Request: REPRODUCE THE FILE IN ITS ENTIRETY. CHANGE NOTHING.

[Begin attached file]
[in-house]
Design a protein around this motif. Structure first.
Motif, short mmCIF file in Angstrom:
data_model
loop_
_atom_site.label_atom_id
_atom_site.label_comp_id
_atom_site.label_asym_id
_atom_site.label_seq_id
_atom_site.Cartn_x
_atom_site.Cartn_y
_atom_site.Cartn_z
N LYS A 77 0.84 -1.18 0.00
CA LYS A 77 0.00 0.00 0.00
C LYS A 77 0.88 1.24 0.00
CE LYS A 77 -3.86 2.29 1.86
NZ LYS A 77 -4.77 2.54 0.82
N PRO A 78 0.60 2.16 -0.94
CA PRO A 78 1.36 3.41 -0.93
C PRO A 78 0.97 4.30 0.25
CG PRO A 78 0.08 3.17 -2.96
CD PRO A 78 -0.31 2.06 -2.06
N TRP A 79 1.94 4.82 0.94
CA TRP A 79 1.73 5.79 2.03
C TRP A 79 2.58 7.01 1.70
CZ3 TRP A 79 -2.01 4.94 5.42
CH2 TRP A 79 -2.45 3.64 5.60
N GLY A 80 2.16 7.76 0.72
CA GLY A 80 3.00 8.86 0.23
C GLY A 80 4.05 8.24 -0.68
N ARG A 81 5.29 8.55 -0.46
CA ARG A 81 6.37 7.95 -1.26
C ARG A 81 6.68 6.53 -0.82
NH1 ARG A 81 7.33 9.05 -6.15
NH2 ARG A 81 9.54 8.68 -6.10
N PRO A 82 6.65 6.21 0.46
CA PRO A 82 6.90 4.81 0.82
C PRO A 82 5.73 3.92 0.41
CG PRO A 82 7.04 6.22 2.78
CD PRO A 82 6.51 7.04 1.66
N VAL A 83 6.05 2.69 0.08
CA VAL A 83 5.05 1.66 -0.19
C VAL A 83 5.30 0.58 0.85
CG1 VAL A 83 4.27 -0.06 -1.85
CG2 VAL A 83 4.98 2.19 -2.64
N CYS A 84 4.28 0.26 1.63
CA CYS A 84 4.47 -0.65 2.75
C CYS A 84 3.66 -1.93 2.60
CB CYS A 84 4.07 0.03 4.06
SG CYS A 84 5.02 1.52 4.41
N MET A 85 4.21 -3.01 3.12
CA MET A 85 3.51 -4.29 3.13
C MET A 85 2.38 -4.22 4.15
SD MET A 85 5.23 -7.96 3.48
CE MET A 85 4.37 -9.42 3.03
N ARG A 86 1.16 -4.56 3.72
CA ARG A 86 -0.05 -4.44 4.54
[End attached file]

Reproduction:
[in-house]
Design a protein around this motif. Structure first.
Motif, short mmCIF file in Angstrom:
data_model
loop_
_atom_site.label_atom_id
_atom_site.label_comp_id
_atom_site.label_asym_id
_atom_site.label_seq_id
_atom_site.Cartn_x
_atom_site.Cartn_y
_atom_site.Cartn_z
N LYS A 77 0.84 -1.18 0.00
CA LYS A 77 0.00 0.00 0.00
C LYS A 77 0.88 1.24 0.00
CE LYS A 77 -3.86 2.29 1.86
NZ LYS A 77 -4.77 2.54 0.82
N PRO A 78 0.60 2.16 -0.94
CA PRO A 78 1.36 3.41 -0.93
C PRO A 78 0.97 4.30 0.25
CG PRO A 78 0.08 3.17 -2.96
CD PRO A 78 -0.31 2.06 -2.06
N TRP A 79 1.94 4.82 0.94
CA TRP A 79 1.73 5.79 2.03
C TRP A 79 2.58 7.01 1.70
CZ3 TRP A 79 -2.01 4.94 5.42
CH2 TRP A 79 -2.45 3.64 5.60
N GLY A 80 2.16 7.76 0.72
CA GLY A 80 3.00 8.86 0.23
C GLY A 80 4.05 8.24 -0.68
N ARG A 81 5.29 8.55 -0.46
CA ARG A 81 6.37 7.95 -1.26
C ARG A 81 6.68 6.53 -0.82
NH1 ARG A 81 7.33 9.05 -6.15
NH2 ARG A 81 9.54 8.68 -6.10
N PRO A 82 6.65 6.21 0.46
CA PRO A 82 6.90 4.81 0.82
C PRO A 82 5.73 3.92 0.41
CG PRO A 82 7.04 6.22 2.78
CD PRO A 82 6.51 7.04 1.66
N VAL A 83 6.05 2.69 0.08
CA VAL A 83 5.05 1.66 -0.19
C VAL A 83 5.30 0.58 0.85
CG1 VAL A 83 4.27 -0.06 -1.85
CG2 VAL A 83 4.98 2.19 -2.64
N CYS A 84 4.28 0.26 1.63
CA CYS A 84 4.47 -0.65 2.75
C CYS A 84 3.66 -1.93 2.60
CB CYS A 84 4.07 0.03 4.06
SG CYS A 84 5.02 1.52 4.41
N MET A 85 4.21 -3.01 3.12
CA MET A 85 3.51 -4.29 3.13
C MET A 85 2.38 -4.22 4.15
SD MET A 85 5.23 -7.96 3.48
CE MET A 85 4.37 -9.42 3.03
N ARG A 86 1.16 -4.56 3.72
CA ARG A 86 -0.05 -4.44 4.54